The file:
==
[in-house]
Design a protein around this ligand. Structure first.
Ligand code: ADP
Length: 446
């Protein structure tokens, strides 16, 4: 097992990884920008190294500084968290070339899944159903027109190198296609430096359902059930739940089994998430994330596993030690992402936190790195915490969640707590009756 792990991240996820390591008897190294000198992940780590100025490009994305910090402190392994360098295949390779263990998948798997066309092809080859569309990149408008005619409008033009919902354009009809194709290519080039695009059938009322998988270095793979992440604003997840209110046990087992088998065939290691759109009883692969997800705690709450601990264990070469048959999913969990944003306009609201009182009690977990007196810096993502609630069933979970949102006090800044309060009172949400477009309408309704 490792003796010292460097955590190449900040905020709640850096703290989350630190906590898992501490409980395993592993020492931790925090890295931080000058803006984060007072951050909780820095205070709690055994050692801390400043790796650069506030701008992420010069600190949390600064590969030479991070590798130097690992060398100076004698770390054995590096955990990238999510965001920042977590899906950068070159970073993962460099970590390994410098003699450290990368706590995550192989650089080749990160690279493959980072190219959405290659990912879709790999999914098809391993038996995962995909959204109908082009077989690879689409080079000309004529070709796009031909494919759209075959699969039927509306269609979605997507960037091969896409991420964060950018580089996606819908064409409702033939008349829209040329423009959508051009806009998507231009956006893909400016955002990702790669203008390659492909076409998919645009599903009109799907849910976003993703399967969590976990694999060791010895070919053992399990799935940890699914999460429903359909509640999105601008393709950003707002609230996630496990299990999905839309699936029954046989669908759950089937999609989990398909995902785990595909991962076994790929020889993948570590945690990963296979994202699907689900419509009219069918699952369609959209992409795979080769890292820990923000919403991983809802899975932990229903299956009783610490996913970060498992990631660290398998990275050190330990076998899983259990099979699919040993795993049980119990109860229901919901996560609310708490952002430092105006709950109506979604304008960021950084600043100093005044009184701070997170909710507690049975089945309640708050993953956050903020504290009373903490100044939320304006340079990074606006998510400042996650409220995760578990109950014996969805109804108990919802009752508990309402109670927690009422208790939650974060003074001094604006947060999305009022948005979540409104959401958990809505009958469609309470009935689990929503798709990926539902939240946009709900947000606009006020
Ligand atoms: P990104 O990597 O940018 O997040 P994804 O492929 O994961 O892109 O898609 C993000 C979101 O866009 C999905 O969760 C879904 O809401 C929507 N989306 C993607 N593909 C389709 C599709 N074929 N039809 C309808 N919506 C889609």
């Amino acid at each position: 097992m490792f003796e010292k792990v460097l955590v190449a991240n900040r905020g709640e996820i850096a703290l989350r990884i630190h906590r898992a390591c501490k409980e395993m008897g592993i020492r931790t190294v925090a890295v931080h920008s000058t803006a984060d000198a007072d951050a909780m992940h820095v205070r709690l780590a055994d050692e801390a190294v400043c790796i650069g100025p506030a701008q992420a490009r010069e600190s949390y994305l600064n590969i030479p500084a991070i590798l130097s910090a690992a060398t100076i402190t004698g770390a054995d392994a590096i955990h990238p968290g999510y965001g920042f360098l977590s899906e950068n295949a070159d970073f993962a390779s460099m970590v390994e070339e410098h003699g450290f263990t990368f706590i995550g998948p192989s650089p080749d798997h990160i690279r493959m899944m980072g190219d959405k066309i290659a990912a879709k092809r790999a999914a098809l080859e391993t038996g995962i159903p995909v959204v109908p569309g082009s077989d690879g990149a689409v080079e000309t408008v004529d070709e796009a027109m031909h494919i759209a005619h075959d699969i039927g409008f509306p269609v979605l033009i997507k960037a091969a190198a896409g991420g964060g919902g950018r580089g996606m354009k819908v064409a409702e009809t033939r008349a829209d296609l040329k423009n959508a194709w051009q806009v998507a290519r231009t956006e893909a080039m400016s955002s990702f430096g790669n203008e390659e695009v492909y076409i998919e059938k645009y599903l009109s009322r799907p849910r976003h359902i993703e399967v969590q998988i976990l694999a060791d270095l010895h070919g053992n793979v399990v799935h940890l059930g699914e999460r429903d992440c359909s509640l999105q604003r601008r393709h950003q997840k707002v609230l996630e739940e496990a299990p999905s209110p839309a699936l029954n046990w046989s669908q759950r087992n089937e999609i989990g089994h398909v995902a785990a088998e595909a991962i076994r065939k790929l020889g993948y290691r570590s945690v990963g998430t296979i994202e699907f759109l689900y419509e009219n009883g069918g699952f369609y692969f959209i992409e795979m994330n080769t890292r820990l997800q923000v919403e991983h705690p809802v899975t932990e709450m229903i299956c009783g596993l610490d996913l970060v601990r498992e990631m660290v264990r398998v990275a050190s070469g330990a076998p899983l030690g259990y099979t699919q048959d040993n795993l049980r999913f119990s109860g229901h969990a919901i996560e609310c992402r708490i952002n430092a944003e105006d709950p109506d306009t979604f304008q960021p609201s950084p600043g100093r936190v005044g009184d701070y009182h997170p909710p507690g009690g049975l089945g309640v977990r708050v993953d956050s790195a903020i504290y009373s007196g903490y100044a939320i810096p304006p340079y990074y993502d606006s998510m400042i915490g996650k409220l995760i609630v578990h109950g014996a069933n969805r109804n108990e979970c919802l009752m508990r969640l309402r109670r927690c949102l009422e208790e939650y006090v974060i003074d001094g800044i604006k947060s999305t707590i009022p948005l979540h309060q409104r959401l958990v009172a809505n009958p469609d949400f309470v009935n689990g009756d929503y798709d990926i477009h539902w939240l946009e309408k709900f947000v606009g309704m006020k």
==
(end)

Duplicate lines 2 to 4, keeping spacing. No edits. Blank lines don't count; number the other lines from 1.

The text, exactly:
Design a protein around this ligand. Structure first.
Ligand code: ADP
Length: 446